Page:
Lol if undergrad is that bad for you, grad school must make you erupt, considering the majority of people make A's.
 
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Man, get out here. Go wherever you wanna go, take whatever you wanna take, and do well in it. Your performance dictates your GPA. You speak for yourself as a student.
Yeah, if only I had been in the top 15% of my class I would have had a 3.87.

Oh wait, no I wouldn't - because I didn't go to Duke.

Did you even read my post?
 
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trickydick

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I never believed that GPA's from different colleges could mean such different things until I talked to my friend, who went to another college.

I graduated with a top percentile GPA for my school. Unfortunately, it's borderline for most medical schools. My friend told me that this percentile translated to a much higher GPA at his school, which was actually lower ranked than my school.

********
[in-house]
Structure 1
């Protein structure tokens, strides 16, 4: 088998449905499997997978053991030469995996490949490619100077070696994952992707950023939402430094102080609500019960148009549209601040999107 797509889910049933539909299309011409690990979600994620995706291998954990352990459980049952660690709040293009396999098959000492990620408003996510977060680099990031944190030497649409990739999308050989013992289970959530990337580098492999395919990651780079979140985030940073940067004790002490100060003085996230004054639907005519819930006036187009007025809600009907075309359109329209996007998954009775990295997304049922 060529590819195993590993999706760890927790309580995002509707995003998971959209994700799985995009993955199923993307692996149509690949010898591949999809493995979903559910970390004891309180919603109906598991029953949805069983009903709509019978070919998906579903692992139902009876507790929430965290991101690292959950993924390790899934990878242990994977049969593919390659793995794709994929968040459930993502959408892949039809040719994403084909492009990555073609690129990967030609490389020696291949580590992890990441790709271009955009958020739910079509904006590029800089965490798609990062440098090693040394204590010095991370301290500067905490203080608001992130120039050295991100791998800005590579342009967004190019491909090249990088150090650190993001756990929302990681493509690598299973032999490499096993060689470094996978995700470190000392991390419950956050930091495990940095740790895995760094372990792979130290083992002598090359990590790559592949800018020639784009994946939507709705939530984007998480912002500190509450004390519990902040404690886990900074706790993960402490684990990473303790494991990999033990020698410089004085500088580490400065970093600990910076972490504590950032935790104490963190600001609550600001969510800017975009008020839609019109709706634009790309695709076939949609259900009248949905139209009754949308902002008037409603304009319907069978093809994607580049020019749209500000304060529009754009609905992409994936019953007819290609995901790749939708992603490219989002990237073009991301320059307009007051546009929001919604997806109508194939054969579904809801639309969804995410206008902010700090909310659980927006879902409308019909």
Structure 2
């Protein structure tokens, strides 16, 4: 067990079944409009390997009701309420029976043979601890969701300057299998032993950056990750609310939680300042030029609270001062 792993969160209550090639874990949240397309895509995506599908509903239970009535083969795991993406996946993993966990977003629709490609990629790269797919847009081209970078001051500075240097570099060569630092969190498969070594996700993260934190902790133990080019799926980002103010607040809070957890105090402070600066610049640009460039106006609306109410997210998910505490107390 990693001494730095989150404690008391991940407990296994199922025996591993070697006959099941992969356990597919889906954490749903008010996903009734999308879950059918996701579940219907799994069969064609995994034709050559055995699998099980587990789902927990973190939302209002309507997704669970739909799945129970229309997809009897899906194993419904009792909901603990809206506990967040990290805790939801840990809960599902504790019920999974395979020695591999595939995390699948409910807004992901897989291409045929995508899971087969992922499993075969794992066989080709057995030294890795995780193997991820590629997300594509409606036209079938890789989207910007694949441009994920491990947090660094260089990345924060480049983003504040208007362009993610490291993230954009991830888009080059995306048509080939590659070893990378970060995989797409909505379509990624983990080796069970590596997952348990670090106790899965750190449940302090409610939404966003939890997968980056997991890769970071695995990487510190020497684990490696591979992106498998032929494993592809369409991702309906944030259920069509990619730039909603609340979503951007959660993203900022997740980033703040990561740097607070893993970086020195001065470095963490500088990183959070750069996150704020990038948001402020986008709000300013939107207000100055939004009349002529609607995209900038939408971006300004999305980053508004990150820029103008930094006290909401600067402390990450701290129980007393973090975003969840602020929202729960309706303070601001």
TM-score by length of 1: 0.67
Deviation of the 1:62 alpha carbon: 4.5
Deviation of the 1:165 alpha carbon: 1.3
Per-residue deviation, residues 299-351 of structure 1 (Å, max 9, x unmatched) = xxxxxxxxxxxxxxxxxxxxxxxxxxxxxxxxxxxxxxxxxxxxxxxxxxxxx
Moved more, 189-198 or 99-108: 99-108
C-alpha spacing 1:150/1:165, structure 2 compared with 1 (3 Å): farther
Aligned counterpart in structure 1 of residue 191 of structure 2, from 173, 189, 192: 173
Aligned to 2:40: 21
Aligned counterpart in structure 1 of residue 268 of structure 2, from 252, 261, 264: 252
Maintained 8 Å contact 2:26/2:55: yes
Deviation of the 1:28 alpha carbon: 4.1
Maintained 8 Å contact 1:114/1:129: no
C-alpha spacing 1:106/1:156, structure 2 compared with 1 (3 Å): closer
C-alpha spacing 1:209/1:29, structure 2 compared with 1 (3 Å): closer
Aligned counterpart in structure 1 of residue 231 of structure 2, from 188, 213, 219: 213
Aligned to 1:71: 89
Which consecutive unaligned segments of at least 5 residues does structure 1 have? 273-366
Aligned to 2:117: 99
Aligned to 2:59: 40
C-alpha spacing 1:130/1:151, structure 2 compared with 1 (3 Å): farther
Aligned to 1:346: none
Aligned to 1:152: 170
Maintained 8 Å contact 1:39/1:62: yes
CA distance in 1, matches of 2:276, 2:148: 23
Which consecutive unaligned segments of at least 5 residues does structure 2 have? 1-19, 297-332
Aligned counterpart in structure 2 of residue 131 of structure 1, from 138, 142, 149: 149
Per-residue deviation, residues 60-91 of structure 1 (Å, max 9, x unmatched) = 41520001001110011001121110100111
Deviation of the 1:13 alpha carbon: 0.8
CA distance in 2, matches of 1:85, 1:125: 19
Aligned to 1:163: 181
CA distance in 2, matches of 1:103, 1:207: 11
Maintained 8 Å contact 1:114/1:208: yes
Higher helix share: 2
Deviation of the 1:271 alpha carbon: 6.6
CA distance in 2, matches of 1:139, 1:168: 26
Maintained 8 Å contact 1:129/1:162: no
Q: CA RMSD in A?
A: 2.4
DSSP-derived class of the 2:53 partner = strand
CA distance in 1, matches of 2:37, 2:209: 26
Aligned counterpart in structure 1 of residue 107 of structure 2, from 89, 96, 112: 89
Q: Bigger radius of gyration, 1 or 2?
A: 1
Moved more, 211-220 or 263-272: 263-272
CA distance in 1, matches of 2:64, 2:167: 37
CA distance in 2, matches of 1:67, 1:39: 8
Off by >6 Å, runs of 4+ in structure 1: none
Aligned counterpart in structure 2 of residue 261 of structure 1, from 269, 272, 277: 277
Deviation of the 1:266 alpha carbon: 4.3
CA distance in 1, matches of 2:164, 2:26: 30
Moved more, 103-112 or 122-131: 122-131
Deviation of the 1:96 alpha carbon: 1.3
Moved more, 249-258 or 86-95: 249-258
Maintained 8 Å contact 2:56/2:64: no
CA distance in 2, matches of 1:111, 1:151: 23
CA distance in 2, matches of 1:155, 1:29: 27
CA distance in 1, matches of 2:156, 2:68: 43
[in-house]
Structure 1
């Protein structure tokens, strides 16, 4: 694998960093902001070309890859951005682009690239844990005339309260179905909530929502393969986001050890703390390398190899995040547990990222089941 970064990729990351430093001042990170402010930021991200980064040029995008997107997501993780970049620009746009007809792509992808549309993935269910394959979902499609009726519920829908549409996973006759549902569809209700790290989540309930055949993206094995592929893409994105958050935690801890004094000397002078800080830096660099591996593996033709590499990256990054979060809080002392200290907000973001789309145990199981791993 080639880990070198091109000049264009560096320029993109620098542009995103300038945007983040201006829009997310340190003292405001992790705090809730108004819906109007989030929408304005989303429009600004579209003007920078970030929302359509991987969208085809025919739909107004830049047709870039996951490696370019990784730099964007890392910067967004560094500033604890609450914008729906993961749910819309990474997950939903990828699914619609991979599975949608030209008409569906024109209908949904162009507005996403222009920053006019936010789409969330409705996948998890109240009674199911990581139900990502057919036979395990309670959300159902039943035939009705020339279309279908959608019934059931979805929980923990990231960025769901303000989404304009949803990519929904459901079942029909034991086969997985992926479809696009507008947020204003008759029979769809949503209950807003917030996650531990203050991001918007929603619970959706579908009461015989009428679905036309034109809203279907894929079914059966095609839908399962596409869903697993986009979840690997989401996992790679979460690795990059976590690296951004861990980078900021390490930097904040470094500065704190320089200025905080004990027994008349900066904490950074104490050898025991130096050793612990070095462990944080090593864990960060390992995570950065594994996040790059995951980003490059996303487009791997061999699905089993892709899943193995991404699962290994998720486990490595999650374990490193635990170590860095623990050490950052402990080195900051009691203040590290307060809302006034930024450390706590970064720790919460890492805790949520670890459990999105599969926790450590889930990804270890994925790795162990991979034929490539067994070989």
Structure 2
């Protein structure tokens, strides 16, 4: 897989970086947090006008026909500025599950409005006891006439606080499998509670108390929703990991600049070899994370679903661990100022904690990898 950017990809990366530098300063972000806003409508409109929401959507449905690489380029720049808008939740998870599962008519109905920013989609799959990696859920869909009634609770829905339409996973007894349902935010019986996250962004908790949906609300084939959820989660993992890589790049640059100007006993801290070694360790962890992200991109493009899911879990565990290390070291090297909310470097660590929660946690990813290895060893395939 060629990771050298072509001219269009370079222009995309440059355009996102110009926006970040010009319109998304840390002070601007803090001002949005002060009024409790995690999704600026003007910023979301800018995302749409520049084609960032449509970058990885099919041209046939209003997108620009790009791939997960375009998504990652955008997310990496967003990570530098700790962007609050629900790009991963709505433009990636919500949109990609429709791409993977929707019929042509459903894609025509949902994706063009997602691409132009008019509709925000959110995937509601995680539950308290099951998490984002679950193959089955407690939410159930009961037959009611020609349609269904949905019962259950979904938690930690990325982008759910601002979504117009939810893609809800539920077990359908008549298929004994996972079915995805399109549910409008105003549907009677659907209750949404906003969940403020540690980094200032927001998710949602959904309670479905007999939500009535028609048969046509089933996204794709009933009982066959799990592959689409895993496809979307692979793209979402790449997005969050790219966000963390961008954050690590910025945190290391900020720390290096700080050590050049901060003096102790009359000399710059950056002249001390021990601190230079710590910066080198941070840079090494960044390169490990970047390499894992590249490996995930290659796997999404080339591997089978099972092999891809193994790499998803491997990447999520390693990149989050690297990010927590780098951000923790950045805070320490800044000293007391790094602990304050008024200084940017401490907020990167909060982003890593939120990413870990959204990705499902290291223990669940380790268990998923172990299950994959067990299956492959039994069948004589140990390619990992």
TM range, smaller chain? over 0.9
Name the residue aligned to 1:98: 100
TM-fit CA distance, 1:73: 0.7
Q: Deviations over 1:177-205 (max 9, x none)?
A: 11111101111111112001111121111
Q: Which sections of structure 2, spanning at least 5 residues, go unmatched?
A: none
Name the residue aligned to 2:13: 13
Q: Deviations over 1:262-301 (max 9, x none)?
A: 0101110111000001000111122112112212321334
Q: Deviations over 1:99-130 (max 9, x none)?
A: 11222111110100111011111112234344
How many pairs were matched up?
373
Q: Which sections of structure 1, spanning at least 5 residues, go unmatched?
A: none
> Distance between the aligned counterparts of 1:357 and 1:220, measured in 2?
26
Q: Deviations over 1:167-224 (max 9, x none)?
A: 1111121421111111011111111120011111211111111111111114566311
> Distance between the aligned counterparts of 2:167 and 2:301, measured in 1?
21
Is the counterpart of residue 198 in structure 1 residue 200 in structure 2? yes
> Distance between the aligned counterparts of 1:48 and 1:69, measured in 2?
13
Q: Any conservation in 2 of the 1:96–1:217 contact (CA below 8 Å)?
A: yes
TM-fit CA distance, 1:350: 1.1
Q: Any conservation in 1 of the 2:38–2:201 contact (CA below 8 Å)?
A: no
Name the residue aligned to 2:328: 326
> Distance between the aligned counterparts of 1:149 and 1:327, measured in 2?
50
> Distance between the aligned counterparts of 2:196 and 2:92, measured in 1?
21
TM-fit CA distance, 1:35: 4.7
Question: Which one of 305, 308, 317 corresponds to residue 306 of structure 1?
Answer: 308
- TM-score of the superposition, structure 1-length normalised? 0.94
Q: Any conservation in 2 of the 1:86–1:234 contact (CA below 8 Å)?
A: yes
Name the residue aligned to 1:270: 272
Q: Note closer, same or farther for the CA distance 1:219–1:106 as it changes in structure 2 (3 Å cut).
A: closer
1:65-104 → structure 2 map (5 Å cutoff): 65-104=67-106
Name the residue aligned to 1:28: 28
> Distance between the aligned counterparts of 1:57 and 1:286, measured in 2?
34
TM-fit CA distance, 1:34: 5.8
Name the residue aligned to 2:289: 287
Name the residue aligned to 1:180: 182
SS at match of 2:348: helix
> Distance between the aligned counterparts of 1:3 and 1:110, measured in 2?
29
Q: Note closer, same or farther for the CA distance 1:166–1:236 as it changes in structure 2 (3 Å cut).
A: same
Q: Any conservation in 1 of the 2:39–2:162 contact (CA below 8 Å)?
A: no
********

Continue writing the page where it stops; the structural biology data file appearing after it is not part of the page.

I wanted to see if this was the case anywhere else.

I found that at NYU, 30% of students get above a 3.68. [1] Seeing this annoyed me because at my school the cutoff for merely the top 15% of students was around 3.68. Meanwhile, at NYU the top 15% of students have a cutoff GPA of 3.81.

However, what absolutely pissed me off was Duke. At Duke, 25% of students have a 3.79. [2] 15% of students have a 3.87 or higher.

I know it sounds stupid to be whining about grades, but let's be honest - this is absolutely ridiculous. If you're going to give 1 in 4 students at your school a 3.8, then what's the point of even grading your students? How is this any different (morally speaking) from those diploma mills overseas where you become an "MD" after handing them cash?

Somebody please tell me I'm reading this website wrong because otherwise I think I'm going to turn into one of those guys from the airheads commercials and just explode with frustration and rocket up into the roof.

1: https://www.nyu.edu/life/resources-and-services/nyu-studentlink/registration-records-and-graduation/graduation-and-diplomas/graduation-honors.html
2: http://registrar.duke.edu/student-records/academic-recognition-and-honors